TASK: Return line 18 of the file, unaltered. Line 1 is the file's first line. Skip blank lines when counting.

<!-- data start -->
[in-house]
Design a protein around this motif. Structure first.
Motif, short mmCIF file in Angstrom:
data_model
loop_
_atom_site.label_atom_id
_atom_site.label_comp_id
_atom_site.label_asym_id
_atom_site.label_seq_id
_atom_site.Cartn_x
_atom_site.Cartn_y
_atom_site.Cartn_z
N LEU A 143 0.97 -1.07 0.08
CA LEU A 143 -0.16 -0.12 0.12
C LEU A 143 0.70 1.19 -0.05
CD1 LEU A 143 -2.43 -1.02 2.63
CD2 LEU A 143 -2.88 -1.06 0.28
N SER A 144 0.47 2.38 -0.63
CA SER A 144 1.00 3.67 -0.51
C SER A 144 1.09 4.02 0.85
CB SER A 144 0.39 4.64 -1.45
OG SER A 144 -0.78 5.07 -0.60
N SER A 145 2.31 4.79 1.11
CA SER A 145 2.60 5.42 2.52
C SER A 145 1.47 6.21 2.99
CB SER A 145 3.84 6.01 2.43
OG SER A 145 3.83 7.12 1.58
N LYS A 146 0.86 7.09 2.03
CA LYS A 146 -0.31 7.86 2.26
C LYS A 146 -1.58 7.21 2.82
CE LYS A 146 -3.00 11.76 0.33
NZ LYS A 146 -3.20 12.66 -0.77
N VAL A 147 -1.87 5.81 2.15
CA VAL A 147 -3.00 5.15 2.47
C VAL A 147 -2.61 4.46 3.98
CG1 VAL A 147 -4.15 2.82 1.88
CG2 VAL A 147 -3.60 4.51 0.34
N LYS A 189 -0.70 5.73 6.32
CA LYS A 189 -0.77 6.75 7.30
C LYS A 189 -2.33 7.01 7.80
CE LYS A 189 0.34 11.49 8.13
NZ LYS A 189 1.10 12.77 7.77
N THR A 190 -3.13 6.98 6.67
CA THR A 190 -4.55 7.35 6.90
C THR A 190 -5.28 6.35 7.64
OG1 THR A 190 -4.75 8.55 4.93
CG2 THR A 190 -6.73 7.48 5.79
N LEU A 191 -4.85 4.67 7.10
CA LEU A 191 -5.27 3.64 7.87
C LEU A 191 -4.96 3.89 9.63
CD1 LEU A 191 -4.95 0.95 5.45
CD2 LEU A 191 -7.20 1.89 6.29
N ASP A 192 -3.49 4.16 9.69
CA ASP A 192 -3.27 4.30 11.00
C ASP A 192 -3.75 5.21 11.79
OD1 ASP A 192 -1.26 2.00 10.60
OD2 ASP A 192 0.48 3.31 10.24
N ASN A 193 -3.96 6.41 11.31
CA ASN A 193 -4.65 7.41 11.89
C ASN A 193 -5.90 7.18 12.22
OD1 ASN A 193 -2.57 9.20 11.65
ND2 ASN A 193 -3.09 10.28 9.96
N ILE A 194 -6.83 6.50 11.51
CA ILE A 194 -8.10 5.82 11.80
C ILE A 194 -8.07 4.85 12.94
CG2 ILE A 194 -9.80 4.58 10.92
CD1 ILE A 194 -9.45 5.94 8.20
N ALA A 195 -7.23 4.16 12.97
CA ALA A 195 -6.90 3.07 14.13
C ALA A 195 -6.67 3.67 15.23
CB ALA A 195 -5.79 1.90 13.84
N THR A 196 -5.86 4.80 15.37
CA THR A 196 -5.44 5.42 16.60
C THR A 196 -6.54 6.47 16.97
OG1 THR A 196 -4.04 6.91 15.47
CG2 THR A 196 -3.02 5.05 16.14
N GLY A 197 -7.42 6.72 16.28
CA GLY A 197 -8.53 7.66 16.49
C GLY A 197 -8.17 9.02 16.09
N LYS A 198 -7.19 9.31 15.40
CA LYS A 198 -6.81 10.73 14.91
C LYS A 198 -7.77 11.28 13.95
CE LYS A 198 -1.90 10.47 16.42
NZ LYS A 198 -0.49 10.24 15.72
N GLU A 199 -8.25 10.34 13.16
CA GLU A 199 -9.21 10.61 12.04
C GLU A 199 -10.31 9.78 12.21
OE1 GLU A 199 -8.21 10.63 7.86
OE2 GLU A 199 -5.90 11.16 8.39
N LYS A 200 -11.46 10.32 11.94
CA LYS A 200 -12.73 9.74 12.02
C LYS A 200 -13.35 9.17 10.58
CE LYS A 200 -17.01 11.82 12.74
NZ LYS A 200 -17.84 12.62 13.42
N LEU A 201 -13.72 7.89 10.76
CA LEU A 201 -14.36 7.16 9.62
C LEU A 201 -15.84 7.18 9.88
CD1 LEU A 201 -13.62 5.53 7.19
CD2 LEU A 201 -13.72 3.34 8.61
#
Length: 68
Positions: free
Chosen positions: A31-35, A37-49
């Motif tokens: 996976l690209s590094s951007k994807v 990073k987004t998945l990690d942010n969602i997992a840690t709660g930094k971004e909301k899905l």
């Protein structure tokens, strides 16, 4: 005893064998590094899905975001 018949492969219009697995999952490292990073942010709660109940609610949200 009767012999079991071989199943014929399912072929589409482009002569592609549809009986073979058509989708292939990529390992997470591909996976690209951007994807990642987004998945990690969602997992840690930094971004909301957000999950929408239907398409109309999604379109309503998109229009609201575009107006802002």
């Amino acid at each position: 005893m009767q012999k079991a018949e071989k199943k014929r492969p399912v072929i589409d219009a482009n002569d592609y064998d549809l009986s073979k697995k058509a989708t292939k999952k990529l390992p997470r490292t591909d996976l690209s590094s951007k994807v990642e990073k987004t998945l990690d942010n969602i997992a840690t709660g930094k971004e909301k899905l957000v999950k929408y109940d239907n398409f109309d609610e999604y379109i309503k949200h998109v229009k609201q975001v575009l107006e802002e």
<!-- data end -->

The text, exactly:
N SER A 144 0.47 2.38 -0.63